Goldhawk Fights Back: Protecting Privacy in a High Tech World
This is a weekly column by Dale Goldhawk, Canada’s best-known consumer advocate. A journalist, author and broadcaster, Dale hosts Goldhawk Fights Back For You, on AM 740 or at AM740 ZoomerRadio, Monday through Friday from 11 am to 1 pm, in the eastern time zone. Visit his website at www.goldhawk.com.
Day by day in Canada, our privacy is being whittled away. Maybe it’s a clerk asking for your postal code, somebody aside from the federal government asking for your social insurance number -— or all kinds of people who want your home telephone number.
We are entitled to say no to all of that, even though it might mean a bit of a battle to refuse. You already know all the lame excuses:
“We need your address because you might lose your receipt.”
“We use your telephone number as an easy way to access your file as our customer.”
“In these challenging days of identity theft, we need to be sure you are who you say you are.”
But now, new legislation has been presented in Ottawa that threatens our privacy further.
Privacy commissioners from across Canada are unanimous about two bills currently before the House of Commons—Bill C-46, the Investigative Powers for the 21st Century Act and Bill C-47, the Technical Assistance for Law Enforcement in the 21st Century Act.
Bill C-46 would allow police and government agencies to order telecommunications companies to gather and then turn over, on demand, details about a customer’s communications.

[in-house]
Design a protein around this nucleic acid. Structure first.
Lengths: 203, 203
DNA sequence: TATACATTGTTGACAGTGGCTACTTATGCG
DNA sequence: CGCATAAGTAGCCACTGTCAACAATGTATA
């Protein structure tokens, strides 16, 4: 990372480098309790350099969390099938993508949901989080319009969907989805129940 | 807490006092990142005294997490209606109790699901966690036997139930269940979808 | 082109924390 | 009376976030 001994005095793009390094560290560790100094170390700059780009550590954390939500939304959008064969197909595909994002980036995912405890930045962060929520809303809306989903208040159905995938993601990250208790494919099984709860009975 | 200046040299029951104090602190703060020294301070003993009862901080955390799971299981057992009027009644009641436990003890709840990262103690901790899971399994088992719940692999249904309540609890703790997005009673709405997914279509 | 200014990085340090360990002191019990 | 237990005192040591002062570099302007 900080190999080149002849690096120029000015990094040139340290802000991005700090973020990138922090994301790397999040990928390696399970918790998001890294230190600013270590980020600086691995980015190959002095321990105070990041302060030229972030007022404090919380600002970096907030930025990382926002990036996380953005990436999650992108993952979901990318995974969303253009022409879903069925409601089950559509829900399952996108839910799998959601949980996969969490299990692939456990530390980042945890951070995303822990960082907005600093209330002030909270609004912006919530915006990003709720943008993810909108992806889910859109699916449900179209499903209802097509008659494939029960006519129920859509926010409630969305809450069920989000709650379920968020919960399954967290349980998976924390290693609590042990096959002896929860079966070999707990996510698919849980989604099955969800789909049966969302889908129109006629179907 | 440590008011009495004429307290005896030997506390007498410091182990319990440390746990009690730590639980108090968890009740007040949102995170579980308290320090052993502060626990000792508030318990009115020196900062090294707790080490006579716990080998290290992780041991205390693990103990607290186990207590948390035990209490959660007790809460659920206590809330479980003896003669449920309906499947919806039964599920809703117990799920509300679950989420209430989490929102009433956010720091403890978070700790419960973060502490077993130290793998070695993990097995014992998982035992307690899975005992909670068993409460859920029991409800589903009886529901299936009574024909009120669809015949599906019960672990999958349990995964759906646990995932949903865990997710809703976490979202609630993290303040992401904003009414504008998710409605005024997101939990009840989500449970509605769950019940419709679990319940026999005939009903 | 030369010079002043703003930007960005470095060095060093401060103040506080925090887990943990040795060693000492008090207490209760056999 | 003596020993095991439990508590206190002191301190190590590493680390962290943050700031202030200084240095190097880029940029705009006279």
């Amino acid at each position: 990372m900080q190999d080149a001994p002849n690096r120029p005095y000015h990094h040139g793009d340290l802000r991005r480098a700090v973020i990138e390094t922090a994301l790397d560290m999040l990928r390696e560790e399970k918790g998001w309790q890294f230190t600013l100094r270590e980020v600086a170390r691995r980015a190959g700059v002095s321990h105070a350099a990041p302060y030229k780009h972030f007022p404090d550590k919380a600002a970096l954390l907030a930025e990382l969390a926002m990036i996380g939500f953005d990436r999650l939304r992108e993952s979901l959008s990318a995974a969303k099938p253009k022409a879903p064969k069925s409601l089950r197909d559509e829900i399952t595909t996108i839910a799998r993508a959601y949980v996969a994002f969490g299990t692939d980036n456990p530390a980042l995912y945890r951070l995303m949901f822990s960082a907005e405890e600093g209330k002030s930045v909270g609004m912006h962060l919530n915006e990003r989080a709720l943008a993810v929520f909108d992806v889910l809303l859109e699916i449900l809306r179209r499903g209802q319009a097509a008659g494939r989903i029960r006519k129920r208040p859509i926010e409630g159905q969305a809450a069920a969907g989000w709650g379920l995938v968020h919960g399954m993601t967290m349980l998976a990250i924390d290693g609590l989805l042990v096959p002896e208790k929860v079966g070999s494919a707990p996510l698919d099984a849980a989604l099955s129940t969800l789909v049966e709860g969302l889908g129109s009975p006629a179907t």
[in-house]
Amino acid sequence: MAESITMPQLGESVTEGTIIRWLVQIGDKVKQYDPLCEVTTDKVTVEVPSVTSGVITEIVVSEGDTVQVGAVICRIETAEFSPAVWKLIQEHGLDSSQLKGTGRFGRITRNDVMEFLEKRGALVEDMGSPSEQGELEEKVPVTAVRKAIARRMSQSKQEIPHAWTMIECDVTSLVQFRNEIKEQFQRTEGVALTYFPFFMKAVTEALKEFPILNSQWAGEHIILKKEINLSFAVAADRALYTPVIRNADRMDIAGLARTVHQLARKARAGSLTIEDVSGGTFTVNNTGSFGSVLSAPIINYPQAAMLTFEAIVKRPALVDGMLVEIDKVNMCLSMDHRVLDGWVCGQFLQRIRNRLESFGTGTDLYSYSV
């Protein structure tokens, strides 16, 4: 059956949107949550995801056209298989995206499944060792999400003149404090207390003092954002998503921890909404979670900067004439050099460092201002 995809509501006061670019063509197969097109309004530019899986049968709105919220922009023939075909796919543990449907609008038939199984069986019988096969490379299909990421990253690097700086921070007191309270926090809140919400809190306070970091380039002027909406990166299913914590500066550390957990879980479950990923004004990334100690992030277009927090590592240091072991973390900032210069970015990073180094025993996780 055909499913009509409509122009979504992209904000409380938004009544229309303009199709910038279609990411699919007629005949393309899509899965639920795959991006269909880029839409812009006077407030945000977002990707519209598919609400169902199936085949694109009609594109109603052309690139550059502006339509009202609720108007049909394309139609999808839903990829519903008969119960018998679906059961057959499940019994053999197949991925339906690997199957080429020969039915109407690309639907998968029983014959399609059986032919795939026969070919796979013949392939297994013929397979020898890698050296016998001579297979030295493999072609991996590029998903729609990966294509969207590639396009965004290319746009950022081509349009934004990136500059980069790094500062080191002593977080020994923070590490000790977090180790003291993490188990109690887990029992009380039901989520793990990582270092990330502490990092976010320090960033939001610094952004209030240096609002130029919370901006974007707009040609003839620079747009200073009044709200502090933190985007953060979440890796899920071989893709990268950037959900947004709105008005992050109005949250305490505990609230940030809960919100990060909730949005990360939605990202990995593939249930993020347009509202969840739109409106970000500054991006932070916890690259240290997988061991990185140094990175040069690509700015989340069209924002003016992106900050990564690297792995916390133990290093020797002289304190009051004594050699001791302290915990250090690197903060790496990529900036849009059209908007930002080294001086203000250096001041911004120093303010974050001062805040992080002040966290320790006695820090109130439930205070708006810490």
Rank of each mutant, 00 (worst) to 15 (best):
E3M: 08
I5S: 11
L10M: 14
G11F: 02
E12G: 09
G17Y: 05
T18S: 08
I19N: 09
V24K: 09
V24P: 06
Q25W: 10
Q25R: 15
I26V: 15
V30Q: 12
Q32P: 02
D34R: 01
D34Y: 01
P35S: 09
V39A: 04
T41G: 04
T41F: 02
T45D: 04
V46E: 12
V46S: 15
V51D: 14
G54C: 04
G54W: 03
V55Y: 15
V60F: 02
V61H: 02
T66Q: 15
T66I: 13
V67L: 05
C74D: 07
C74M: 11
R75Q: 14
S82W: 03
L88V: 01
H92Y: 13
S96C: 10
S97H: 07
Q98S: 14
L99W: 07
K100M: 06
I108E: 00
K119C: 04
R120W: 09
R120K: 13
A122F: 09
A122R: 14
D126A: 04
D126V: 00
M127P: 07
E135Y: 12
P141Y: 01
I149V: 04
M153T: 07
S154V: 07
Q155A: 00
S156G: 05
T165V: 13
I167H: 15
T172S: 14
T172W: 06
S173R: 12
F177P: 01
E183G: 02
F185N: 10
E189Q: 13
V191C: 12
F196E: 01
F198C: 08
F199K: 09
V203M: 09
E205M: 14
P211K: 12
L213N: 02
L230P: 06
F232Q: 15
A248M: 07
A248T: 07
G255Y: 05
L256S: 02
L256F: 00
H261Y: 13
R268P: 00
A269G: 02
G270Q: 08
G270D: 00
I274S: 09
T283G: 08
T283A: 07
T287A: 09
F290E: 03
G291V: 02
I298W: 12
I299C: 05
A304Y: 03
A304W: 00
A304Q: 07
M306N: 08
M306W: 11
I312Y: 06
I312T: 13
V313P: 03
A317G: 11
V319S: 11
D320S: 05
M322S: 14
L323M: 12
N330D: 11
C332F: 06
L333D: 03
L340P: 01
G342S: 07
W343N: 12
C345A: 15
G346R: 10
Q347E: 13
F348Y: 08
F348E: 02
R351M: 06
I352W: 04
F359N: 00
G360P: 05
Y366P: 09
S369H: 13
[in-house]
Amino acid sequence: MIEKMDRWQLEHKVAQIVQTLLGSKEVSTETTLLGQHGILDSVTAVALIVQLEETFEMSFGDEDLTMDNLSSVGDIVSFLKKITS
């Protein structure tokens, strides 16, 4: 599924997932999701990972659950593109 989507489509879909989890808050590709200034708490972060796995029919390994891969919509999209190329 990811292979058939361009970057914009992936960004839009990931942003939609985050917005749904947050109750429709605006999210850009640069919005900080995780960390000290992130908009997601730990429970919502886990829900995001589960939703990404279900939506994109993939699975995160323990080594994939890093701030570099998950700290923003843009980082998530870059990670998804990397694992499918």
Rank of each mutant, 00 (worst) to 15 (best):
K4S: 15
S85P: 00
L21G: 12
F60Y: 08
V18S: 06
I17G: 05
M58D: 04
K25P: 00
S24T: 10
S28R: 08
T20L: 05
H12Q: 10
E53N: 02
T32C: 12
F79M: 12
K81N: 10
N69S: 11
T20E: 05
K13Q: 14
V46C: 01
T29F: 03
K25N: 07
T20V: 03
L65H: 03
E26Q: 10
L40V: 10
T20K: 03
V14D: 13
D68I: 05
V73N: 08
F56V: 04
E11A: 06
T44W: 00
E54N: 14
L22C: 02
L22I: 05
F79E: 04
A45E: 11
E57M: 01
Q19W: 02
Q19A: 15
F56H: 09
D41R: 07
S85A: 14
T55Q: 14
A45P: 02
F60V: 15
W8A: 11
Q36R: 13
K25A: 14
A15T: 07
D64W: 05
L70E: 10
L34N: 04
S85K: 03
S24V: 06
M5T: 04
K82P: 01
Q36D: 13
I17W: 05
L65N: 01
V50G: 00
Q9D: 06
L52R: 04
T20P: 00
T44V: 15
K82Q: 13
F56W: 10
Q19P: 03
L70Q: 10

Bill C-47 would give both police and government agencies access to our communications, even without the fuss and bother of appearing before a judge to get a warrant. The bill would also compel telecommunications companies to build in all the technical tools that would be required to allow police to intercept our communications on their networks.
The privacy commissioners say the government needs to demonstrate that current laws now contained in our Criminal Code are inadequate when it comes to catching the bad guys.
The commissioners are also worried that the proposed legislation is not necessarily limited to the investigation of serious criminal offences but might be used to target even minor offences or even non-criminal issues. And remember, getting a warrant is not always required.
Agree with the privacy commissioners? Then track down your MP and give your representative a piece of your mind. Do it soon, before we get bogged down in another election campaign. But then again, if we do, those bills will die on the order paper, anyway.
READ OTHER COLUMNS BY DALE GOLDHAWK
Gemini award nominee, journalist and broadcaster, Dale Goldhawk has earned Canada’s trust by his four decades of work exposing fraud and greed in the marketplace. To read more of his articles, go to www.Goldhawk.com (now part of the ZoomerMedia family of websites).
Don’t miss Goldhawk Fights Back , on the New AM740 Monday to Friday from 10 a.m. until 1 p.m.